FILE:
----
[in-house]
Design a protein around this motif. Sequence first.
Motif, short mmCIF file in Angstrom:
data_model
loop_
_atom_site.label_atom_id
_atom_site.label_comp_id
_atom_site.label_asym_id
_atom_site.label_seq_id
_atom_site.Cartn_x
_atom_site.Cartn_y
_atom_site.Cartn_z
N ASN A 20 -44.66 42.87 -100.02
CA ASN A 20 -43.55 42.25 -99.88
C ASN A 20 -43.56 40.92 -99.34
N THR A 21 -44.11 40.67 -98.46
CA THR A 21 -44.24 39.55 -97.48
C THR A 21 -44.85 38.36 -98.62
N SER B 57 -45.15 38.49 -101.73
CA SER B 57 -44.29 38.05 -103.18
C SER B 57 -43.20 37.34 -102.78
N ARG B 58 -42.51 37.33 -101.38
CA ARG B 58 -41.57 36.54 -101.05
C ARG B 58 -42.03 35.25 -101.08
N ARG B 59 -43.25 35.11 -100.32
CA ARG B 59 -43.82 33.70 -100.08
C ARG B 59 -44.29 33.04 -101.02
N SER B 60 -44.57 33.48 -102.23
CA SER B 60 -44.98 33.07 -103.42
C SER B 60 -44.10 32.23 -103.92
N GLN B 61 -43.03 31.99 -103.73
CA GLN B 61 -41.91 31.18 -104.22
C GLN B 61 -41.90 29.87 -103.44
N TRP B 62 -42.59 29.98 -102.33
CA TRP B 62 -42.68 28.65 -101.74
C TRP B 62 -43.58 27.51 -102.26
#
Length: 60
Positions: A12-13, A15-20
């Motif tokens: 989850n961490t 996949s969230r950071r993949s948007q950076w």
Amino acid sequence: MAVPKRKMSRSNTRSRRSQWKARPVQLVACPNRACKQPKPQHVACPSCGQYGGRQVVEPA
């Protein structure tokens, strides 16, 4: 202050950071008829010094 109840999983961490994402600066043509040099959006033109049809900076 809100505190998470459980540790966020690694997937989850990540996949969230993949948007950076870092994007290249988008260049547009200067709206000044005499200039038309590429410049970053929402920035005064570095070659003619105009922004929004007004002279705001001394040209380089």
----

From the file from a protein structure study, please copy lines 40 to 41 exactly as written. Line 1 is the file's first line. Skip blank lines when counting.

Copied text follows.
């Motif tokens: 989850n961490t 996949s969230r950071r993949s948007q950076w």
Amino acid sequence: MAVPKRKMSRSNTRSRRSQWKARPVQLVACPNRACKQPKPQHVACPSCGQYGGRQVVEPA